Habits aren’t something you’re born with. You didn’t wake up randomly one day and choose to recycle. It’s repeatedly performing the same task or action every day until it sticks and becomes your new norm. With the non-eco-friendly tasks that you’d like to minimize but aren’t done on a regular basis (such as shopping fast fashion), it’s helpful to keep a list on your phone of your favorite clothing and furniture thrift stores. This can serve as a visual reminder to keep sustainability in mind when you’re on the lookout for new attire. 

Reward yourself with self care for sticking to sustainable habits

Reward yourself for sticking to sustainable habits

Who doesn’t love a reward after accomplishing their goals? Rewarding yourself here and there is a great way to keep yourself motivated. Rewards are especially important when trying to form a long-lasting habit. When you think of simple habits such as turning the lights off in a room you’re not in, the reward is simple: less money and less electricity and energy being used. This also goes for not letting faucets run or filling the dishwasher entirely before turning it on to wash. Even visualizing how much better the planet would be when maintaining our sustainable habits is a reward on its own.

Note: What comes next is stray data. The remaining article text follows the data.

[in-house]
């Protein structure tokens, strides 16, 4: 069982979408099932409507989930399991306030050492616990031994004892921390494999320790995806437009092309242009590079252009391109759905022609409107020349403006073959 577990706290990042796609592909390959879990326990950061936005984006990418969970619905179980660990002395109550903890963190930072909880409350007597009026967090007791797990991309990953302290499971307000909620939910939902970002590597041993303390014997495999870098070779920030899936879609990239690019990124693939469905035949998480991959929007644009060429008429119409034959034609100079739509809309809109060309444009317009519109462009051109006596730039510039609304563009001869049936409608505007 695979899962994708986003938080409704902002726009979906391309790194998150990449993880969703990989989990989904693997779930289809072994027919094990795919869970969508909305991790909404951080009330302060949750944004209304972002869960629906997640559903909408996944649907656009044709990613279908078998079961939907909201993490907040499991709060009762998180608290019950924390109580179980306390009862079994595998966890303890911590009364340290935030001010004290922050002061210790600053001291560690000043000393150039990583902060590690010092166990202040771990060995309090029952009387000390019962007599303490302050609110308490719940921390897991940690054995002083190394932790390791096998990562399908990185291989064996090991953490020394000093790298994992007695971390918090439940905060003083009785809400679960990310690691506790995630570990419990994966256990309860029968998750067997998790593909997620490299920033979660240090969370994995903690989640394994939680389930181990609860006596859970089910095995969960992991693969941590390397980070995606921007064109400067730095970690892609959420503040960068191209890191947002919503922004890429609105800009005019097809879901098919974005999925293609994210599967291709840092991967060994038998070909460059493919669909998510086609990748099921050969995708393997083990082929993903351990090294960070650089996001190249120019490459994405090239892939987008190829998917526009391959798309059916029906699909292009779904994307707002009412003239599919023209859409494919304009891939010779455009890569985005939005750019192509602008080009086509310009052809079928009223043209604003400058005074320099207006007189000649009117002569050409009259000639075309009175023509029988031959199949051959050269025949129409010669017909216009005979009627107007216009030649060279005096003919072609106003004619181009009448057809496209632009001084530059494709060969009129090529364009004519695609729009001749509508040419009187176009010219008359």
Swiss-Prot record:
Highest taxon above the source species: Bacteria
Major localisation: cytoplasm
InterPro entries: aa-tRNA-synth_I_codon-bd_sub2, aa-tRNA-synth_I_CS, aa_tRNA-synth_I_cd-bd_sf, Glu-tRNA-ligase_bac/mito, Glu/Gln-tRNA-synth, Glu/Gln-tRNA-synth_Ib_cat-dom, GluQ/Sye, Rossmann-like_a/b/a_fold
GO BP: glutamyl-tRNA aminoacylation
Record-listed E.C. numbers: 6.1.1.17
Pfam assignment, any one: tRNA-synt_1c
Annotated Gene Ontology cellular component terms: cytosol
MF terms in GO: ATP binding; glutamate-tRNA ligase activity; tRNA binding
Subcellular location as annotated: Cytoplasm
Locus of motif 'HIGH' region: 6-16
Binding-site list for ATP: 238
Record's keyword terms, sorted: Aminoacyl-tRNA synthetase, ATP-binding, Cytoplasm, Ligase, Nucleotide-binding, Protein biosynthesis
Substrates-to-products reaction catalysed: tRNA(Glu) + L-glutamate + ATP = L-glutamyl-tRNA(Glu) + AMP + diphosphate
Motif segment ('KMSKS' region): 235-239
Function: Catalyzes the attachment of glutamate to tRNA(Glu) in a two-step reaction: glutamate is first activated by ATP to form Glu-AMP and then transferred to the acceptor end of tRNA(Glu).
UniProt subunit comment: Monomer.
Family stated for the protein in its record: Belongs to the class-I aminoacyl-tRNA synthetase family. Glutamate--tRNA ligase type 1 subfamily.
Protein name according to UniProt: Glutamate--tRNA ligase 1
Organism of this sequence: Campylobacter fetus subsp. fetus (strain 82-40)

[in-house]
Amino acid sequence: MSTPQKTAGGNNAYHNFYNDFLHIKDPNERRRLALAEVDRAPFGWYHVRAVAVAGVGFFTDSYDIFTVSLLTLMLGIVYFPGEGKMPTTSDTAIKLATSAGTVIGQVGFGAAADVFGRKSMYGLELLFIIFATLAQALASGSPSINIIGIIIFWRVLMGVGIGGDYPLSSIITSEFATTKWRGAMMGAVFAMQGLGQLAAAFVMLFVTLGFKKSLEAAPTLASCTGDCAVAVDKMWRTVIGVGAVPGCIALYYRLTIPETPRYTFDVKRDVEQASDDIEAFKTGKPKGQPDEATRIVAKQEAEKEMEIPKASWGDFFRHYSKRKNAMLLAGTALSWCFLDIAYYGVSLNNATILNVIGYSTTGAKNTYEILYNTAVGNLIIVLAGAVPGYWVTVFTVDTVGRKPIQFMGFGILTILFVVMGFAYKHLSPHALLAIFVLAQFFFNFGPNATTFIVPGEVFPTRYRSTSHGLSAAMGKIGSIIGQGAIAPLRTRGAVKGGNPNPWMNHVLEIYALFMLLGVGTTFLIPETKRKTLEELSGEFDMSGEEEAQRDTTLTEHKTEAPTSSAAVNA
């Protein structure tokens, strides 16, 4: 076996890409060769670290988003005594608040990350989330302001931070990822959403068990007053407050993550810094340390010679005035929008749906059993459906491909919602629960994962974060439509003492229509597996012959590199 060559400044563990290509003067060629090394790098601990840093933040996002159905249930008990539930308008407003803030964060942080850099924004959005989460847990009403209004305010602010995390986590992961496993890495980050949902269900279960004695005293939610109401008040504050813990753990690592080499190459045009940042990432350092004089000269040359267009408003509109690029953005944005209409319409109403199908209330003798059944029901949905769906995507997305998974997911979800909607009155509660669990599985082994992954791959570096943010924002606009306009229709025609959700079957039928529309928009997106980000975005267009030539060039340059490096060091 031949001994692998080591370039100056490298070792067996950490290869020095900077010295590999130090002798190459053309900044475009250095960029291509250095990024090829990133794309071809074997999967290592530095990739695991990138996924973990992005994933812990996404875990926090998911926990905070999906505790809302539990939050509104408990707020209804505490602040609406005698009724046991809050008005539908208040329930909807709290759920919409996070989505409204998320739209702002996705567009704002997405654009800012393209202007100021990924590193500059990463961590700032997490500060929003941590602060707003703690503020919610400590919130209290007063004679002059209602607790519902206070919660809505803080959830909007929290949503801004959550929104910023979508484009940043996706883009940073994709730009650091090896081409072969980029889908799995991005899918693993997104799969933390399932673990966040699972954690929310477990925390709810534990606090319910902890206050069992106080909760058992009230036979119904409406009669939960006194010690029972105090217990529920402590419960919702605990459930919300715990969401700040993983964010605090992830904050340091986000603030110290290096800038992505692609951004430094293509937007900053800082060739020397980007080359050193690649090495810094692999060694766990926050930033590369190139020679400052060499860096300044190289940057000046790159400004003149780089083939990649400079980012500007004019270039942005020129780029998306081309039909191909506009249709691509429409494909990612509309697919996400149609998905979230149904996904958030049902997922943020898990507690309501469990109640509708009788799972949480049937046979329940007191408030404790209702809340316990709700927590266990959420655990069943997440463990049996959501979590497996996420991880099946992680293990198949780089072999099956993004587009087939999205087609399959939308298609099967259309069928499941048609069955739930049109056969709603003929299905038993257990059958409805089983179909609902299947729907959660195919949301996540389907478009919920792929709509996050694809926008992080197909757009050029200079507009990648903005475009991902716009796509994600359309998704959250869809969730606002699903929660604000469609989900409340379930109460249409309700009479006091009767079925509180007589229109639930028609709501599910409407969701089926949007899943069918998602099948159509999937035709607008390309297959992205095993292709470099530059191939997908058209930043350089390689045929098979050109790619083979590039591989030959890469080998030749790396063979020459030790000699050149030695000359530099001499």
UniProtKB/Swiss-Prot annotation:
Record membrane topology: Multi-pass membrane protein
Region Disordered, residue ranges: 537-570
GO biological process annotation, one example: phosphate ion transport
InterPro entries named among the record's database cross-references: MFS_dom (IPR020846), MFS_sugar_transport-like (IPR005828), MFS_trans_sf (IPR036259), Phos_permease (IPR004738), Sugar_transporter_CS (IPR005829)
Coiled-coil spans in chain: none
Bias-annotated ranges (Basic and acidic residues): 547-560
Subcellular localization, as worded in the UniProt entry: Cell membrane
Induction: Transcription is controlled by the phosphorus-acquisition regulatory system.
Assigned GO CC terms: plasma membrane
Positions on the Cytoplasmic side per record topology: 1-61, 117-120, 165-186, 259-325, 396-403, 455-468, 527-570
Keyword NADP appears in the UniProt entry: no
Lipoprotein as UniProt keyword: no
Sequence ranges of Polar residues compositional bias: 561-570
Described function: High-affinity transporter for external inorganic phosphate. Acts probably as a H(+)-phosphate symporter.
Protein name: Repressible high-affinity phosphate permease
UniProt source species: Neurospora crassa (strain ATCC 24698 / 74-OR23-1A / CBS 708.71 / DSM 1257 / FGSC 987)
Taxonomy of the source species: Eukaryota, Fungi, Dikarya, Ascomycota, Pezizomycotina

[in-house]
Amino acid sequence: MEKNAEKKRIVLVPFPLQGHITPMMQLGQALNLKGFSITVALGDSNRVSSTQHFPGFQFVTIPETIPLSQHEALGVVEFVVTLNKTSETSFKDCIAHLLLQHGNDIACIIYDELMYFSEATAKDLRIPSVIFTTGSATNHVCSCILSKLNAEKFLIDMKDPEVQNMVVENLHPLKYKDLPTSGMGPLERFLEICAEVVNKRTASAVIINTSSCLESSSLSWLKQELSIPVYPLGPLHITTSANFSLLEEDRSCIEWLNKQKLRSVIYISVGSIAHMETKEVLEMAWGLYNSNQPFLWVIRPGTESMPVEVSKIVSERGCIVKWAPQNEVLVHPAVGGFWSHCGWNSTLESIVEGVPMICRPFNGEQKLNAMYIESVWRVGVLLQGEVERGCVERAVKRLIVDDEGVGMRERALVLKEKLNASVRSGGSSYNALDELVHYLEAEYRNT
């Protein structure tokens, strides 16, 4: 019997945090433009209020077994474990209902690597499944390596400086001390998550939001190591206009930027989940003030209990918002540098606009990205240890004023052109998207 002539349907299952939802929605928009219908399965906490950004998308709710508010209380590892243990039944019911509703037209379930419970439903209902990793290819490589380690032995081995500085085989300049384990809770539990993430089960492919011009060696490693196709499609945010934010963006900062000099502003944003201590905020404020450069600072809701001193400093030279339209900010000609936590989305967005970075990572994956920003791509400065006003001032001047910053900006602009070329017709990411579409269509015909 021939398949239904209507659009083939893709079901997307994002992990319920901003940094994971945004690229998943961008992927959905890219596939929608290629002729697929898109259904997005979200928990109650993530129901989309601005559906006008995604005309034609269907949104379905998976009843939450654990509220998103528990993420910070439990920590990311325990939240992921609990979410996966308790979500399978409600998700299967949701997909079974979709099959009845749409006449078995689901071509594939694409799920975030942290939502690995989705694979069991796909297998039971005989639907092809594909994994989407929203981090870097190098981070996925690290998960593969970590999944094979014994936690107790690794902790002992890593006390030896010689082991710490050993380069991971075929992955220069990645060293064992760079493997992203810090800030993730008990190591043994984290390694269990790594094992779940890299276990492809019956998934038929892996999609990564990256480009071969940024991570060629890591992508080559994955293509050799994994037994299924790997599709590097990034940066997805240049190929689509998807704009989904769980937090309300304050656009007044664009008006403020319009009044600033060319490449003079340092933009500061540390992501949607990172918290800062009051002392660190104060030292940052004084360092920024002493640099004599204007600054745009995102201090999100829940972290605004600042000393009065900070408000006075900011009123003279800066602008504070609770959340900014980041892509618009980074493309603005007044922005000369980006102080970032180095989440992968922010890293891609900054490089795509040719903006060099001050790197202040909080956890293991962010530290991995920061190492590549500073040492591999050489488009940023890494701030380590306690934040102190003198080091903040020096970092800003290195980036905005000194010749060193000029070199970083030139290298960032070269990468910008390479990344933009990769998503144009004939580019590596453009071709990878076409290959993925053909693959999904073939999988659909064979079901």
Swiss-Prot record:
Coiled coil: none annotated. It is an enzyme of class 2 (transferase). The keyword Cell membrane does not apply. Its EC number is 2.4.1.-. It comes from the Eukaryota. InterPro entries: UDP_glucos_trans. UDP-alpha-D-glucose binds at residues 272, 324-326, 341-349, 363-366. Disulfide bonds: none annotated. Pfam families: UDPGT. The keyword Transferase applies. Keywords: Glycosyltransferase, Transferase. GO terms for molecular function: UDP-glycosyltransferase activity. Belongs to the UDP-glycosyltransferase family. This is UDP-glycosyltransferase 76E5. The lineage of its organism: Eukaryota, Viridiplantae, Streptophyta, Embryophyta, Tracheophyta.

If you’re looking for more motivation to form and maintain your sustainable habits, personal rewards make ideal persuaders. If you take a day to start growing your own produce (great for reducing fossil fuels used to transport produce to supermarkets), reward yourself with a solo or group trip to your favorite restaurant or cafe. Donated any unused items (a great way to reduce waste)? Reward yourself with a facial or massage (maybe even a self-care day full of relaxation and positive affirmations). Rewarding yourself gives you the incentive you need to keep performing the action. When you’re a newbie to the world of sustainable living, rewards make the journey easier.